The stress of waiting for A-level grades - due to be published this Thursday - could be damaging teenagers' health, a snapshot study suggests.
Waiting for results can be as stressful as the exams themselves
Hertfordshire University researchers found 21% suffered from depression, 12% from insomnia and that 8% had experienced panic attacks.
One in 10 of the 123 sixth-formers interviewed had sought medical help.
The university said 35% of students did not have a back-up plan if they achieved poor grades, adding to stress.
Alastair McFadyen, head of admissions at Hertfordshire, said: "Results time is an incredibly nerve-racking experience and more than four in 10 school leavers have considered leaving education as a result of not knowing what to do or how to get a university place.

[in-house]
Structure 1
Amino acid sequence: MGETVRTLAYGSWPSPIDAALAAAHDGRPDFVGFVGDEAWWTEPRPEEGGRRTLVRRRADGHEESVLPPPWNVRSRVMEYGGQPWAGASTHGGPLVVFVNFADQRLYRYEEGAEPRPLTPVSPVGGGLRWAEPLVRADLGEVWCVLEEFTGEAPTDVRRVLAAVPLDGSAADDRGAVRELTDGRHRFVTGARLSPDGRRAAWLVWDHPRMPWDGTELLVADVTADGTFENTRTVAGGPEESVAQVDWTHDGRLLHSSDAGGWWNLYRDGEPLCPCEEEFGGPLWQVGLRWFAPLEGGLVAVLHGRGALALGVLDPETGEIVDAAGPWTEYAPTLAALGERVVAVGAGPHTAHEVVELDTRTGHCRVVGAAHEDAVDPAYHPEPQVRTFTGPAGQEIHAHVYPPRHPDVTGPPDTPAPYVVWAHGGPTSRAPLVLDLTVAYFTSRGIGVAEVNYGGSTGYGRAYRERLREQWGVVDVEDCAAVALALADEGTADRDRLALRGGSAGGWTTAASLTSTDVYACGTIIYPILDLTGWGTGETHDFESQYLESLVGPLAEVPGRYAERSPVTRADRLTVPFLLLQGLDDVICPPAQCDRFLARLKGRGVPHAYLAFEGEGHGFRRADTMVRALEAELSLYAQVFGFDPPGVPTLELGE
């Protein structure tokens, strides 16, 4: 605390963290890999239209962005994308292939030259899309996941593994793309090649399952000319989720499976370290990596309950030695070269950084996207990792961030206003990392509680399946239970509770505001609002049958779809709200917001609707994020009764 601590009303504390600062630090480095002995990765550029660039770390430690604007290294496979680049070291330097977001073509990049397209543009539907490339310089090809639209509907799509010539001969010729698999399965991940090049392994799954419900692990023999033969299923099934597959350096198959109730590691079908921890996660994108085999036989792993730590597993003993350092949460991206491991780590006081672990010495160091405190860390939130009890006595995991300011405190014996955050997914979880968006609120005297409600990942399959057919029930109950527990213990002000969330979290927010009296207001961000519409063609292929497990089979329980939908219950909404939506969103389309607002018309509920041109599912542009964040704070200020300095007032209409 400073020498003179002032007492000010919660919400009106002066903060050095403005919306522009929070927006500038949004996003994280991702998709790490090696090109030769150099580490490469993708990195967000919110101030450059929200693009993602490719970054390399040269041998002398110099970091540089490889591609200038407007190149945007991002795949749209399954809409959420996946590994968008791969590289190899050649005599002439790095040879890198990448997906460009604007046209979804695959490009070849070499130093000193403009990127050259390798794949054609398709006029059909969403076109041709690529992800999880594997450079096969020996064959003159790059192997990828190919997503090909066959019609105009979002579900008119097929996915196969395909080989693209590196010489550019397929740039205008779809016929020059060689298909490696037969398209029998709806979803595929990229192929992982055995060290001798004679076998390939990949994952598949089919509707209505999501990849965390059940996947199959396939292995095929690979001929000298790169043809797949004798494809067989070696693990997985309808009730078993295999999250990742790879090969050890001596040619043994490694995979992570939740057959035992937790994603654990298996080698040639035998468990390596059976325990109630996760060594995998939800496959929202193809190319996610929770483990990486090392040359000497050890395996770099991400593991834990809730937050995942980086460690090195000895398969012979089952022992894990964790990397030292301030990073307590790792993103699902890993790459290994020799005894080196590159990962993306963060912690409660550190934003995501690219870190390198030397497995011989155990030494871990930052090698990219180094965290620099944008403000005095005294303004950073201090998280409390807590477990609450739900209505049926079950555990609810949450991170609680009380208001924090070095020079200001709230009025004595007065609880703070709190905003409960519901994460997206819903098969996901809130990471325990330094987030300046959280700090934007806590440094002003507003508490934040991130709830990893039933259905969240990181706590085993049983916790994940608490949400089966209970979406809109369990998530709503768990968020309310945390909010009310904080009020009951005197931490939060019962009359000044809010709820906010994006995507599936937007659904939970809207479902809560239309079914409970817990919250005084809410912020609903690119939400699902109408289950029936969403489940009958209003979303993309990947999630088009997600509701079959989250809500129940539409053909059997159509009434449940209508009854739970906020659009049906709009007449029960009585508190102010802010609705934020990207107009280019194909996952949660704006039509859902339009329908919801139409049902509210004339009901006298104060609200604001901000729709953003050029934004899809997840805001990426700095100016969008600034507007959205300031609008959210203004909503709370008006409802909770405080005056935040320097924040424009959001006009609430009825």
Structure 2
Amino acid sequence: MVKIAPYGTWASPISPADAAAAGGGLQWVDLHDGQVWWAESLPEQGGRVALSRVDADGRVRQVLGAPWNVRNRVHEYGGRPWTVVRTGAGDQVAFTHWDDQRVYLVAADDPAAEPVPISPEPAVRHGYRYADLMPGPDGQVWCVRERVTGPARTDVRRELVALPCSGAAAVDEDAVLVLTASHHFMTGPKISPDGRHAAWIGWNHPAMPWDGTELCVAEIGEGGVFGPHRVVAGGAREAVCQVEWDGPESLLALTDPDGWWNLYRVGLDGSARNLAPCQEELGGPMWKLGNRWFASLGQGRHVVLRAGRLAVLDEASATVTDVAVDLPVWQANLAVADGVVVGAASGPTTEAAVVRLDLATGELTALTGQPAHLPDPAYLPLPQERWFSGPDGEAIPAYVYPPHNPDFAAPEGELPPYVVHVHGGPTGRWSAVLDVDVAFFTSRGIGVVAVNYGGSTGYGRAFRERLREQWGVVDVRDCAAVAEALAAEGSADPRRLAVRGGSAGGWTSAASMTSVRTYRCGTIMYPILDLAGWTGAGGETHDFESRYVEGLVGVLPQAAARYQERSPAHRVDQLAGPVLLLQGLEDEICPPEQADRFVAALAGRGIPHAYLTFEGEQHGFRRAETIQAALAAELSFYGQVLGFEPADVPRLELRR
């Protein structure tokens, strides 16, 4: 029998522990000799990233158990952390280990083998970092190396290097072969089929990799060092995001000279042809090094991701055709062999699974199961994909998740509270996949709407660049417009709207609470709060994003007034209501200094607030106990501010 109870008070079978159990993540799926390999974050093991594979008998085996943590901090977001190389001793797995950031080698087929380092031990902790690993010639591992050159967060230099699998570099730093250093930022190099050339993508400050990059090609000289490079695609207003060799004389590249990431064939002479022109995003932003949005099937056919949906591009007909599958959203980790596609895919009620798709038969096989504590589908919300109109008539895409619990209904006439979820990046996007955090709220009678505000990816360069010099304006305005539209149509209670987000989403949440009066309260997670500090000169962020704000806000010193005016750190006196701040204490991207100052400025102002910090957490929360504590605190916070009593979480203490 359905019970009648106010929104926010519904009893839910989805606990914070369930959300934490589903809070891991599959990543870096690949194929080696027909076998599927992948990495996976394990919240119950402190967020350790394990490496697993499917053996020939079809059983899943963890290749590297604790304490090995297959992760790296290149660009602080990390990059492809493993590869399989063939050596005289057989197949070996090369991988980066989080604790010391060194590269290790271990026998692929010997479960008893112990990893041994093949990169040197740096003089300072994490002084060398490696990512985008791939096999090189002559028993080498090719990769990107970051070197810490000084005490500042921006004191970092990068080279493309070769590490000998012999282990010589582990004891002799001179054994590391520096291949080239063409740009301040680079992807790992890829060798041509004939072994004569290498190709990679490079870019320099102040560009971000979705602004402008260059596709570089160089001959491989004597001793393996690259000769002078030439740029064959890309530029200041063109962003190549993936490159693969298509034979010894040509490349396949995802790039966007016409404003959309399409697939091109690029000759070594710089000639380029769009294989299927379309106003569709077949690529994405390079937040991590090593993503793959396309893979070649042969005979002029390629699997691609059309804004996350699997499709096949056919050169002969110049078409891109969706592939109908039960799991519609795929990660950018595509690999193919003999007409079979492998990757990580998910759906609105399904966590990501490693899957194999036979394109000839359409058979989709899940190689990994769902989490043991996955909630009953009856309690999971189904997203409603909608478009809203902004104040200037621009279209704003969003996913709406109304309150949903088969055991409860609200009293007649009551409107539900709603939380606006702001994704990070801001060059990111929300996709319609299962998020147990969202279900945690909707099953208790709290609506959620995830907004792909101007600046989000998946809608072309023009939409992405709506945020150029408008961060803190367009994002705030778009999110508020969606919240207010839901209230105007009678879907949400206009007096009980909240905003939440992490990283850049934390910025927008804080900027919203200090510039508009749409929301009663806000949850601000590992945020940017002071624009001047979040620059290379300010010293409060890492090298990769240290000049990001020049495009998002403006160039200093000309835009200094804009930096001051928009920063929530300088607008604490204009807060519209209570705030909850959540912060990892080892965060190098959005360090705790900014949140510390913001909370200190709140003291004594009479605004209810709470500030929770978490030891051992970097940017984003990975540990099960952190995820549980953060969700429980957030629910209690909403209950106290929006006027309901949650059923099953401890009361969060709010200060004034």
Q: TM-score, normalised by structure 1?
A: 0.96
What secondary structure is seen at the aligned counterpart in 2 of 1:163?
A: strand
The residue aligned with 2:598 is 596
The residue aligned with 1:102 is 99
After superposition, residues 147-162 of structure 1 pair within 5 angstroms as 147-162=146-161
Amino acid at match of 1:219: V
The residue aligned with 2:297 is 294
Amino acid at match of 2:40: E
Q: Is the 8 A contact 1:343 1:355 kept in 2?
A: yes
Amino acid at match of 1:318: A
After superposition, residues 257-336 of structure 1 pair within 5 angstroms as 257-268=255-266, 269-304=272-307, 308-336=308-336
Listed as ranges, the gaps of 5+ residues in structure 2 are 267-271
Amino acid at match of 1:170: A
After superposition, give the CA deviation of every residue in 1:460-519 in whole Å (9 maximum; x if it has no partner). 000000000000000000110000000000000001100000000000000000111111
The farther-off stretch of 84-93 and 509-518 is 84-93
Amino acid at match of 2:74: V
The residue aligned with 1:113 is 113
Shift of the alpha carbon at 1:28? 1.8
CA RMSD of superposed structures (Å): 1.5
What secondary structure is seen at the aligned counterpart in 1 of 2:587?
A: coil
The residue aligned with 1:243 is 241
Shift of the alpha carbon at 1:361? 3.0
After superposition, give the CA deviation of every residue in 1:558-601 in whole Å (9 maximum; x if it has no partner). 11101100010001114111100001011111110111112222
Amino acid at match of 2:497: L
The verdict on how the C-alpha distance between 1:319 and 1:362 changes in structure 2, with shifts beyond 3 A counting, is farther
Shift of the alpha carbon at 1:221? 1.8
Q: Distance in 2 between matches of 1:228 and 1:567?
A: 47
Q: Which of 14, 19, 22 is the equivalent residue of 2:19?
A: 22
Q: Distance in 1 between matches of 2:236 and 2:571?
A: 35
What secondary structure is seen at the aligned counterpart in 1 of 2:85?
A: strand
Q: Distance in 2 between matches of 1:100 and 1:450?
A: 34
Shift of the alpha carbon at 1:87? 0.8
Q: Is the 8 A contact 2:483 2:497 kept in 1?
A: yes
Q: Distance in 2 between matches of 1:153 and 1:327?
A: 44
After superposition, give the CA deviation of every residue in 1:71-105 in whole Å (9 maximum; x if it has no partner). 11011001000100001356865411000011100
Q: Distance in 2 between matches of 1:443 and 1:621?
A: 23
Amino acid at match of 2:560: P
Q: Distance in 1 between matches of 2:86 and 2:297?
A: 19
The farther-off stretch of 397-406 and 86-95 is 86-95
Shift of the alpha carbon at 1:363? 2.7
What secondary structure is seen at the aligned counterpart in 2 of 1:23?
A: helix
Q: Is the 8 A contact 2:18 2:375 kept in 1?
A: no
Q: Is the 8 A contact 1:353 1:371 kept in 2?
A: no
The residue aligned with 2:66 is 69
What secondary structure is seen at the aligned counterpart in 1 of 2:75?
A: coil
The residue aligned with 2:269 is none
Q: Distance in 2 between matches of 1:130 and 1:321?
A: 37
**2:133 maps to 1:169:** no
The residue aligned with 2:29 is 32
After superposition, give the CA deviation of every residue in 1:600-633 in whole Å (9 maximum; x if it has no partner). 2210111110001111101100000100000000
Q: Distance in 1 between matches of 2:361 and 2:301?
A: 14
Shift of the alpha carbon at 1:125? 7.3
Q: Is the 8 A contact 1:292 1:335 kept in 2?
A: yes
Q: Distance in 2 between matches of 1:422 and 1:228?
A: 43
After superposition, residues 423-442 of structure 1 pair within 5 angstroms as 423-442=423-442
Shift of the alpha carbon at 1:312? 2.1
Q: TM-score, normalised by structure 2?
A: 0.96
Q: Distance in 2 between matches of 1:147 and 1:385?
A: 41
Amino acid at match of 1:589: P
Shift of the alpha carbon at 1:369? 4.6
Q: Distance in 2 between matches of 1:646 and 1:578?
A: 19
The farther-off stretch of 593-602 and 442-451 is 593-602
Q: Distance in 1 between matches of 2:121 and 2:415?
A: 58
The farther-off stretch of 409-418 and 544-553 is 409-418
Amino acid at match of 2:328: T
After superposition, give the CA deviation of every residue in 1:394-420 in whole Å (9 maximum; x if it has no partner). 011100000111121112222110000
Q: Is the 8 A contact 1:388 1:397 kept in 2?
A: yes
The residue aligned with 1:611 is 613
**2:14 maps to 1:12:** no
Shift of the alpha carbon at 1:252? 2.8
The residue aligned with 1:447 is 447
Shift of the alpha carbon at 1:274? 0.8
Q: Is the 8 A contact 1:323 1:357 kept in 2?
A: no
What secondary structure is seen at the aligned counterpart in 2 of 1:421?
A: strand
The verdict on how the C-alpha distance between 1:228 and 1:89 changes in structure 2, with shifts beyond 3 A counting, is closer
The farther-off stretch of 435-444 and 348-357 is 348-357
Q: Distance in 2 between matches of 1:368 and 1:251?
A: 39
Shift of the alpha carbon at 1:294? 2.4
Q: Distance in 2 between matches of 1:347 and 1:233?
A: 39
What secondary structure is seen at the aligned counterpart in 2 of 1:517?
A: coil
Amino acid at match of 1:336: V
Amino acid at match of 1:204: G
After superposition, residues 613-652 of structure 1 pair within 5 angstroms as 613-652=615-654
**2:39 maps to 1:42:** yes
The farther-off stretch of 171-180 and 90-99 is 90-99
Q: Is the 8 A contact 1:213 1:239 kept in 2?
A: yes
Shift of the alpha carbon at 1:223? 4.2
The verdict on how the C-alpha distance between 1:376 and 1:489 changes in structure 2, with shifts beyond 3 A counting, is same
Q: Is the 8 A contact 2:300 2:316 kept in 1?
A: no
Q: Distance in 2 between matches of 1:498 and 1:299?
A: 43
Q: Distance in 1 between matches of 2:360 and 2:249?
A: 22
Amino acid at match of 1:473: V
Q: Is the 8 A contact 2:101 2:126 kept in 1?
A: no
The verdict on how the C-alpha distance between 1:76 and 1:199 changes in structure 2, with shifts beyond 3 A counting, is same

"But there are many avenues available. Options such as the clearing process often give students a better opportunity at finding the right course and university whether their results are better or worse than expected."
Clearing, which involves students applying after A-levels, is run by all UK universities.
More than 38,000 people find places using this service every year.
Around 250,000 A-level candidates will find out their results on Thursday. Grades are expected to improve for the 22nd year in a row.